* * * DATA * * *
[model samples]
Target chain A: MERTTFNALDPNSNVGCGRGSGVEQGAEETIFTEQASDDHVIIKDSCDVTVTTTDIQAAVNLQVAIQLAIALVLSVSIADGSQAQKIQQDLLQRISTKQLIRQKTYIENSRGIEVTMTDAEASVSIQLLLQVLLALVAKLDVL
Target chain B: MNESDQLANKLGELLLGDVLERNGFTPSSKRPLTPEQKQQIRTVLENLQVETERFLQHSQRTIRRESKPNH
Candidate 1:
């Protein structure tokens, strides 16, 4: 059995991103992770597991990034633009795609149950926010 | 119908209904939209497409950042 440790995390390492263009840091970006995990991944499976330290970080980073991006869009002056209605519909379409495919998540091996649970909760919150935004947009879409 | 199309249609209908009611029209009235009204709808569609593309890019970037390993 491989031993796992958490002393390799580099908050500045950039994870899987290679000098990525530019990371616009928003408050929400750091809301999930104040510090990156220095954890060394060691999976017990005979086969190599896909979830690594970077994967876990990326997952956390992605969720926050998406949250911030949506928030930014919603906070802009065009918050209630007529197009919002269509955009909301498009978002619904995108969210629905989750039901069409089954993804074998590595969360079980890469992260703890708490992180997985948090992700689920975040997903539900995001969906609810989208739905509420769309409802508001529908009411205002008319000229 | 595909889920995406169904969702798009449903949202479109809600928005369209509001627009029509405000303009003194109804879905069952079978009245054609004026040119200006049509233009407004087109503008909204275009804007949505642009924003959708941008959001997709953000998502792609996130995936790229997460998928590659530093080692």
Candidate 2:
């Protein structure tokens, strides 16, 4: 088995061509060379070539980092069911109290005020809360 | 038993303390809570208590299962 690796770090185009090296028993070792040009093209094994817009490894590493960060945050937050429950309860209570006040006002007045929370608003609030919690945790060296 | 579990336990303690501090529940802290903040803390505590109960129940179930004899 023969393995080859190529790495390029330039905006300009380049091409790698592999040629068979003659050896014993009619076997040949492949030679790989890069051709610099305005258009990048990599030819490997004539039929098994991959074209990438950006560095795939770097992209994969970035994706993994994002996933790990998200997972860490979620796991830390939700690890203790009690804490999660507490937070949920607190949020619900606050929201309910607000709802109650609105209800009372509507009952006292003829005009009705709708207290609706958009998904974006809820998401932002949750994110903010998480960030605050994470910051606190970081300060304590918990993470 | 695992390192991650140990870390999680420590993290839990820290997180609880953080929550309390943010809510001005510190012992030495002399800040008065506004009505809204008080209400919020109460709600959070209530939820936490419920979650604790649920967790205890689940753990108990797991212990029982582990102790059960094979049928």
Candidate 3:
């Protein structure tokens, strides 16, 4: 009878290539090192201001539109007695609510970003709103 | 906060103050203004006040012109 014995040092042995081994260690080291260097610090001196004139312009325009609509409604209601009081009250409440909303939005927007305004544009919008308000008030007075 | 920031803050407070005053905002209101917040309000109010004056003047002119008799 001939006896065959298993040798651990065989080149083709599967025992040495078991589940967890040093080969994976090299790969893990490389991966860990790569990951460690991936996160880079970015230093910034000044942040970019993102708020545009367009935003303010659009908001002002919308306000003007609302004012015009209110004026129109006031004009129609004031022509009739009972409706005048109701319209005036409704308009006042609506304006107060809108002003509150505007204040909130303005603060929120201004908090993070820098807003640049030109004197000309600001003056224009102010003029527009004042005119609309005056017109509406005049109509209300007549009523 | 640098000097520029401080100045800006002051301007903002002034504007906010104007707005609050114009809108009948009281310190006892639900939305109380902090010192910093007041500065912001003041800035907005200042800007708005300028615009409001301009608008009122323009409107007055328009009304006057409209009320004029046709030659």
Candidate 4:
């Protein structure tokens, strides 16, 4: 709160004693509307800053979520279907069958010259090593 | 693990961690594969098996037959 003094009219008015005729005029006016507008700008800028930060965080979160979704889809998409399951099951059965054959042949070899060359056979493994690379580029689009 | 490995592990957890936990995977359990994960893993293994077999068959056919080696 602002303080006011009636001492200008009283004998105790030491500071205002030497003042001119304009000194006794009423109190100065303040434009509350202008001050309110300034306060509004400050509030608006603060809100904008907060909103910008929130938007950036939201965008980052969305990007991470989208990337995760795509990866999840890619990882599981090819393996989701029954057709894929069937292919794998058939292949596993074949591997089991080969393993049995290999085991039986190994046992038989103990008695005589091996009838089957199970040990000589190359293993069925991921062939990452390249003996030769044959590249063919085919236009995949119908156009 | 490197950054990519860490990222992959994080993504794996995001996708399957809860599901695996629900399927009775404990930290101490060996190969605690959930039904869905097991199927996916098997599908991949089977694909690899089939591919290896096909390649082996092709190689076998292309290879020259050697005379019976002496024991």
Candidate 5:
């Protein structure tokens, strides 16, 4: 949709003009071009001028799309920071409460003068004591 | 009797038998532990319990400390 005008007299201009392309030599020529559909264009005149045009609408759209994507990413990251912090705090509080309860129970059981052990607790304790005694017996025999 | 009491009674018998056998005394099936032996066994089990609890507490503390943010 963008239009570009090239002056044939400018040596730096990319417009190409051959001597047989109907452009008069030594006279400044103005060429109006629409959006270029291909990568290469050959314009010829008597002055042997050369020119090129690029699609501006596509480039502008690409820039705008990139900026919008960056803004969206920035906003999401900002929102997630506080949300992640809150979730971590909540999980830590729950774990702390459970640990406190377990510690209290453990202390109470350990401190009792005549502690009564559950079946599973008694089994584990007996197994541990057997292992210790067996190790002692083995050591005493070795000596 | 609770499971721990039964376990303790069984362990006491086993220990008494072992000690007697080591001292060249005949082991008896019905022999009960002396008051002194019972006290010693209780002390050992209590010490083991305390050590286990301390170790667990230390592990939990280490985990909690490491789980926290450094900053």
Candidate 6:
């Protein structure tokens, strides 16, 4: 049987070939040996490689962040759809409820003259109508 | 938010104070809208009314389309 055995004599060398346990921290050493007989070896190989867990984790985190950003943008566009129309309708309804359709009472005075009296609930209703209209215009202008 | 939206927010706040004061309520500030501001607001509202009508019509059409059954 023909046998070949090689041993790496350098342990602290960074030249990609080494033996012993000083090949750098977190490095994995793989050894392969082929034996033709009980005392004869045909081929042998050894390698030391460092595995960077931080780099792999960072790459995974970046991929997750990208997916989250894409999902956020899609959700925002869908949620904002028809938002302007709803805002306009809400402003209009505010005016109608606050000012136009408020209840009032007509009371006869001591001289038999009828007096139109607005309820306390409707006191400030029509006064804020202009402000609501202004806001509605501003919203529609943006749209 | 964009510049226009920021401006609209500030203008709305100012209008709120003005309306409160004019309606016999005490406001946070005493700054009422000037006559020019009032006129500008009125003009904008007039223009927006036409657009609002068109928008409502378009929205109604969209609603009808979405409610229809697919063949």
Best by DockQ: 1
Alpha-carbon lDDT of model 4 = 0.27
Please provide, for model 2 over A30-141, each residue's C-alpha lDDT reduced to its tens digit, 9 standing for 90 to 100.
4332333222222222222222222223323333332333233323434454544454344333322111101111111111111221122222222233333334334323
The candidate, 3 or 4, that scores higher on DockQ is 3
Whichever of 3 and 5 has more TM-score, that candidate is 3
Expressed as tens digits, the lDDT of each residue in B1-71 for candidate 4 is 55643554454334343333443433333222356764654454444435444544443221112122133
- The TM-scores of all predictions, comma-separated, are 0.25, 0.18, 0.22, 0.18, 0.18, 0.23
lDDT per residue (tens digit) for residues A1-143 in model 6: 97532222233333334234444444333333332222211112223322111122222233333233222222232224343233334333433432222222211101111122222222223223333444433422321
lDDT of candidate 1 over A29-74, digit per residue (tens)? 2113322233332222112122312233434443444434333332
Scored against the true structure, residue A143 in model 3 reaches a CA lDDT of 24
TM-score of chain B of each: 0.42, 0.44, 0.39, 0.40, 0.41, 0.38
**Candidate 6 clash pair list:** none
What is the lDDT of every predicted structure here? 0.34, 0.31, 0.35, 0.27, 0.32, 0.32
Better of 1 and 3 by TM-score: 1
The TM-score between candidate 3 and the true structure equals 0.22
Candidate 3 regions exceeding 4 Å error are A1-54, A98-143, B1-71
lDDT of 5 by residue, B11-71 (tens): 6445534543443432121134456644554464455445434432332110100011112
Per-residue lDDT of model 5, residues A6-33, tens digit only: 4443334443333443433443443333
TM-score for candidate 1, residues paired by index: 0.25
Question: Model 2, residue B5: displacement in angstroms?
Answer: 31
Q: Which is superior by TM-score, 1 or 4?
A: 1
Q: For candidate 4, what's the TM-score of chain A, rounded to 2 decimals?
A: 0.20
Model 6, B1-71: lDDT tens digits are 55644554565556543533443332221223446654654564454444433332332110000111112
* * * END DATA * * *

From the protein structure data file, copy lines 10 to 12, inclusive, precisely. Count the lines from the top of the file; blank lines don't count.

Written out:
Candidate 4:
């Protein structure tokens, strides 16, 4: 709160004693509307800053979520279907069958010259090593 | 693990961690594969098996037959 003094009219008015005729005029006016507008700008800028930060965080979160979704889809998409399951099951059965054959042949070899060359056979493994690379580029689009 | 490995592990957890936990995977359990994960893993293994077999068959056919080696 602002303080006011009636001492200008009283004998105790030491500071205002030497003042001119304009000194006794009423109190100065303040434009509350202008001050309110300034306060509004400050509030608006603060809100904008907060909103910008929130938007950036939201965008980052969305990007991470989208990337995760795509990866999840890619990882599981090819393996989701029954057709894929069937292919794998058939292949596993074949591997089991080969393993049995290999085991039986190994046992038989103990008695005589091996009838089957199970040990000589190359293993069925991921062939990452390249003996030769044959590249063919085919236009995949119908156009 | 490197950054990519860490990222992959994080993504794996995001996708399957809860599901695996629900399927009775404990930290101490060996190969605690959930039904869905097991199927996916098997599908991949089977694909690899089939591919290896096909390649082996092709190689076998292309290879020259050697005379019976002496024991």
Candidate 5: